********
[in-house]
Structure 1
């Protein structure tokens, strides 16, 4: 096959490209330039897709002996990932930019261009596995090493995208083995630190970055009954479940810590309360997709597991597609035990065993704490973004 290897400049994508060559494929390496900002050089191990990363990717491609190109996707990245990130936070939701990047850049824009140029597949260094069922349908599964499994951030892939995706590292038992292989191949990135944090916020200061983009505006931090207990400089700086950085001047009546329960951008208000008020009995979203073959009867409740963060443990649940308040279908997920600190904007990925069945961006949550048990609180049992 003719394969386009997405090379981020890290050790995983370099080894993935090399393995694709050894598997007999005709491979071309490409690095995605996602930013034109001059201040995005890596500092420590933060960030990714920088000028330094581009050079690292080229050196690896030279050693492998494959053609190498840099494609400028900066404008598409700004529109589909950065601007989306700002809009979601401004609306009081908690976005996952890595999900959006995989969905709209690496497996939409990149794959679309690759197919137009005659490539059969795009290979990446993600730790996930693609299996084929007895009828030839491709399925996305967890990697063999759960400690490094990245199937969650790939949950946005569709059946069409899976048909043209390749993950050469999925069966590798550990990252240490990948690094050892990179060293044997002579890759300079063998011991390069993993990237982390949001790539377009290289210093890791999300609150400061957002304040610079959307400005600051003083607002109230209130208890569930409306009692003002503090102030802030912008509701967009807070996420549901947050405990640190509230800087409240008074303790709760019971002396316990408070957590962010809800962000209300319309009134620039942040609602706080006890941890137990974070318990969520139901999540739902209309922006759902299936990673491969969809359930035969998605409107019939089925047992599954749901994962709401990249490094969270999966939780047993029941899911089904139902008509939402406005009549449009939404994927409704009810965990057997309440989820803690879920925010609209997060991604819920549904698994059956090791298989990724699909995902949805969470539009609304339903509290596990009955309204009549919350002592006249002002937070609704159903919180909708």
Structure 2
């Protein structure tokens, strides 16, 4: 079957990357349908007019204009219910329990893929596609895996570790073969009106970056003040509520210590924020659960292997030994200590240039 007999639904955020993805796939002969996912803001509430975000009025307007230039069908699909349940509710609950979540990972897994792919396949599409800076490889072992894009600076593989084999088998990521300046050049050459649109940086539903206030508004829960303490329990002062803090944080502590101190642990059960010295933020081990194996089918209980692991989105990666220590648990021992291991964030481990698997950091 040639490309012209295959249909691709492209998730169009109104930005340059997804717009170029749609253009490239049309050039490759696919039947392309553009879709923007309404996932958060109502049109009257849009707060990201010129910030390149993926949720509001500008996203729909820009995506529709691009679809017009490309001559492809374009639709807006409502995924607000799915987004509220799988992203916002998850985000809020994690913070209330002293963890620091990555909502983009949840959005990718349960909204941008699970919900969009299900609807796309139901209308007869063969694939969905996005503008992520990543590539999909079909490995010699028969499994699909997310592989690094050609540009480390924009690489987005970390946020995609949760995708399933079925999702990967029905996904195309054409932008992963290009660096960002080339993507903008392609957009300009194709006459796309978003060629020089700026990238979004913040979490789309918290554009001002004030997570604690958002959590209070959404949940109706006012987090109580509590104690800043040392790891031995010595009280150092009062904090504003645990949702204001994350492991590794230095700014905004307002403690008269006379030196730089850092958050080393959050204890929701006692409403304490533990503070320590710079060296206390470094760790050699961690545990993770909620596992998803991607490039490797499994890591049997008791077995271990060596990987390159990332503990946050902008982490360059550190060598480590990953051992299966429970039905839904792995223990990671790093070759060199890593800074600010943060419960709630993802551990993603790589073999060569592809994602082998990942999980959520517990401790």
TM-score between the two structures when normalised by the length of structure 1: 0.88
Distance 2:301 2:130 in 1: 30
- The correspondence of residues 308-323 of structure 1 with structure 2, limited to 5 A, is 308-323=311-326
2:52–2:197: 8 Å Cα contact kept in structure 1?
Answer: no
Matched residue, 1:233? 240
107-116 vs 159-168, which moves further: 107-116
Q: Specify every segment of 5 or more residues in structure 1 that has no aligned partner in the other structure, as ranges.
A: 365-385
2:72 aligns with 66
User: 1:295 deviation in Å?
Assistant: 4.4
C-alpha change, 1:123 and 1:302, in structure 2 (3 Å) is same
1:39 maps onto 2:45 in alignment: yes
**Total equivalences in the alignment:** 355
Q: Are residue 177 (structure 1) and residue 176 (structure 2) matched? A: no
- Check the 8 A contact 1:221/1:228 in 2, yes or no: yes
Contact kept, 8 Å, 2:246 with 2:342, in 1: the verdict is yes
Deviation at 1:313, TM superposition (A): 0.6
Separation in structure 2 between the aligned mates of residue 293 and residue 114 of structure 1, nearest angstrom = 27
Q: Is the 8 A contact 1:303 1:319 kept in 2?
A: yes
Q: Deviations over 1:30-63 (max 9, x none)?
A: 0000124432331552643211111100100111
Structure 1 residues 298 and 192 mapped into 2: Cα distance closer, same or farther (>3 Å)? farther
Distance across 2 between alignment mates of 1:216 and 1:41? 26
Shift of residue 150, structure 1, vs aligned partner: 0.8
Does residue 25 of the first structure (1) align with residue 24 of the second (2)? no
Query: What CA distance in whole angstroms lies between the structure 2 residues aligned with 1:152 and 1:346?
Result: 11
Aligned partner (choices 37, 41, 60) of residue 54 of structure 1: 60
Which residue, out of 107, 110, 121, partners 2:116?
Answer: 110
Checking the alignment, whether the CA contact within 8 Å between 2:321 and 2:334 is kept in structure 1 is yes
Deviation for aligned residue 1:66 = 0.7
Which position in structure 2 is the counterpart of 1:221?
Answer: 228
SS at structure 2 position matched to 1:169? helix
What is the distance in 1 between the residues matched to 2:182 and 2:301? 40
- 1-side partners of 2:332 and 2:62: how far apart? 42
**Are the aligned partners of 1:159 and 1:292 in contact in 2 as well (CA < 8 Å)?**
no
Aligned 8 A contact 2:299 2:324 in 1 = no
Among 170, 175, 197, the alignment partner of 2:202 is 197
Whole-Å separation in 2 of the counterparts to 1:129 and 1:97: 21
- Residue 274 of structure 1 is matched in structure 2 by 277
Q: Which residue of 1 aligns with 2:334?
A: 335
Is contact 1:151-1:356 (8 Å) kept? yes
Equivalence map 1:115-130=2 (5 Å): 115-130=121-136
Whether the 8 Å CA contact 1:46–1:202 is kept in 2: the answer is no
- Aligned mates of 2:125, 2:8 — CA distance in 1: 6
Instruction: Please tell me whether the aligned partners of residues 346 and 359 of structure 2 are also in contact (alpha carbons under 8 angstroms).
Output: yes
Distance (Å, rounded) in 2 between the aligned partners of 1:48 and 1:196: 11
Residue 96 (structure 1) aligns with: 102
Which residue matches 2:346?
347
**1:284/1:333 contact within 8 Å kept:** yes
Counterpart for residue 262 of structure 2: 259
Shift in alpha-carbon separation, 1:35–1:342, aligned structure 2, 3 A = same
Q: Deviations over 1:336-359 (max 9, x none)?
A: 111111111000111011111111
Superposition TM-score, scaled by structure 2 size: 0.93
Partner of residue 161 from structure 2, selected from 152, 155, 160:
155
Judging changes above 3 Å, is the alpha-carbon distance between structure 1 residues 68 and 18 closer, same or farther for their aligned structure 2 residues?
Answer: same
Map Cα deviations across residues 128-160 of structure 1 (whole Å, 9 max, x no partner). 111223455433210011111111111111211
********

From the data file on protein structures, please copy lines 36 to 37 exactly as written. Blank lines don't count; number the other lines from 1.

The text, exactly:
Aligned partner (choices 37, 41, 60) of residue 54 of structure 1: 60
Which residue, out of 107, 110, 121, partners 2:116?